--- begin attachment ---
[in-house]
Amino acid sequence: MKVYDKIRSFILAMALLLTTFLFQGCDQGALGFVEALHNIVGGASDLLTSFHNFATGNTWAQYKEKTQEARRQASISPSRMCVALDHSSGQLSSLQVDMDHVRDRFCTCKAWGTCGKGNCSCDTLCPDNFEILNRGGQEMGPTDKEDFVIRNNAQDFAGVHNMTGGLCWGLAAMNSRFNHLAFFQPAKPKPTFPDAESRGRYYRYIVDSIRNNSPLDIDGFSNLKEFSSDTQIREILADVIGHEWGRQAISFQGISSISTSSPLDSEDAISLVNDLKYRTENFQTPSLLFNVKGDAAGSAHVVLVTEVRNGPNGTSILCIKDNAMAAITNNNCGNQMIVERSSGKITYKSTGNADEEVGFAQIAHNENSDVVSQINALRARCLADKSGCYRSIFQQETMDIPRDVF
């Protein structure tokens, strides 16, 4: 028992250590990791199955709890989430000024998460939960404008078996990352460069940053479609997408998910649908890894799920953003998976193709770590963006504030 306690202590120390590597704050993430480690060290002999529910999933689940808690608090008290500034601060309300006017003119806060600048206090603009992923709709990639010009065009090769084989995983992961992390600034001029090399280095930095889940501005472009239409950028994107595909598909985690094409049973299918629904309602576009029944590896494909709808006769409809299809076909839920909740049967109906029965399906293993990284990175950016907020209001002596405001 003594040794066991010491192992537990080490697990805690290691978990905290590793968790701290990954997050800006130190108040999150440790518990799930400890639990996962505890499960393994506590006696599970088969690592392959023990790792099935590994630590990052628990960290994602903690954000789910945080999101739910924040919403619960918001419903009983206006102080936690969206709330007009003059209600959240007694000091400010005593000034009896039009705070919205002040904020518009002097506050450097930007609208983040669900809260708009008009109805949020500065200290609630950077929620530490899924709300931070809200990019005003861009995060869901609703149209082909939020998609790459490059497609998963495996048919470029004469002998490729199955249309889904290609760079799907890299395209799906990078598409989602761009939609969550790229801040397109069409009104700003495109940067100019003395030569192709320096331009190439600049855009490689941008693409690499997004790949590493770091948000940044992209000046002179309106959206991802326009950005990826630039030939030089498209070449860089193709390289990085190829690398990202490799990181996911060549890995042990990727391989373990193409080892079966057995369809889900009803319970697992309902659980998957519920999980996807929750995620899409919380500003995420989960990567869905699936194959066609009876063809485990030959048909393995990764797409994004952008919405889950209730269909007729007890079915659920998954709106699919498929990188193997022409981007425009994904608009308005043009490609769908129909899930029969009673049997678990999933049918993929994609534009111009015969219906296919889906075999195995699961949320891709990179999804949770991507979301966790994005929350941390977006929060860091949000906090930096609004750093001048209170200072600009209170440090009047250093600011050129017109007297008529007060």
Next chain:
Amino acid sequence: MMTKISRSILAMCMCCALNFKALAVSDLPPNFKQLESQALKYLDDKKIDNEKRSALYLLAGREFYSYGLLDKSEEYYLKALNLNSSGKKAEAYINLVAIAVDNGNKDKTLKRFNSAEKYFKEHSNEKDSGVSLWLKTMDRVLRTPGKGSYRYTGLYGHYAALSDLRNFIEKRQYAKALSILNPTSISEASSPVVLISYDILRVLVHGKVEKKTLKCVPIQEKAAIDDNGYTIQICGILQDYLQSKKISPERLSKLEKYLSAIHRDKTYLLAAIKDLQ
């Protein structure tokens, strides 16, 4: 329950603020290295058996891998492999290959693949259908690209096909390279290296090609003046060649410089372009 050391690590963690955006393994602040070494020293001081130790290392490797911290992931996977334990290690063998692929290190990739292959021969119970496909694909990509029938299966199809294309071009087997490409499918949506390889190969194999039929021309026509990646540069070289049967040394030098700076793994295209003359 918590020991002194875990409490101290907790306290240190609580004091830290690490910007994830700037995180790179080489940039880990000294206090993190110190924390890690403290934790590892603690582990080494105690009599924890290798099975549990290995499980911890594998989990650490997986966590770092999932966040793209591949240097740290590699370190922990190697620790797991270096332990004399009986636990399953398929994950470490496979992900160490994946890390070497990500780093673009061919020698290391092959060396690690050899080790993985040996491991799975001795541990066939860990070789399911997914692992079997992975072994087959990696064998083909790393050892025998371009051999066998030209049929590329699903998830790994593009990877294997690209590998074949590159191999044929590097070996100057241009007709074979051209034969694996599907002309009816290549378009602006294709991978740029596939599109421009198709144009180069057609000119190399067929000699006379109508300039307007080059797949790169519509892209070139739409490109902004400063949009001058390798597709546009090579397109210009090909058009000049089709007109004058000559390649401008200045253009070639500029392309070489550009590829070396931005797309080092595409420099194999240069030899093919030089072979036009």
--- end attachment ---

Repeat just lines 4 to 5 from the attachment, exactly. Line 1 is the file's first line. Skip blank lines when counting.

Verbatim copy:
Next chain:
Amino acid sequence: MMTKISRSILAMCMCCALNFKALAVSDLPPNFKQLESQALKYLDDKKIDNEKRSALYLLAGREFYSYGLLDKSEEYYLKALNLNSSGKKAEAYINLVAIAVDNGNKDKTLKRFNSAEKYFKEHSNEKDSGVSLWLKTMDRVLRTPGKGSYRYTGLYGHYAALSDLRNFIEKRQYAKALSILNPTSISEASSPVVLISYDILRVLVHGKVEKKTLKCVPIQEKAAIDDNGYTIQICGILQDYLQSKKISPERLSKLEKYLSAIHRDKTYLLAAIKDLQ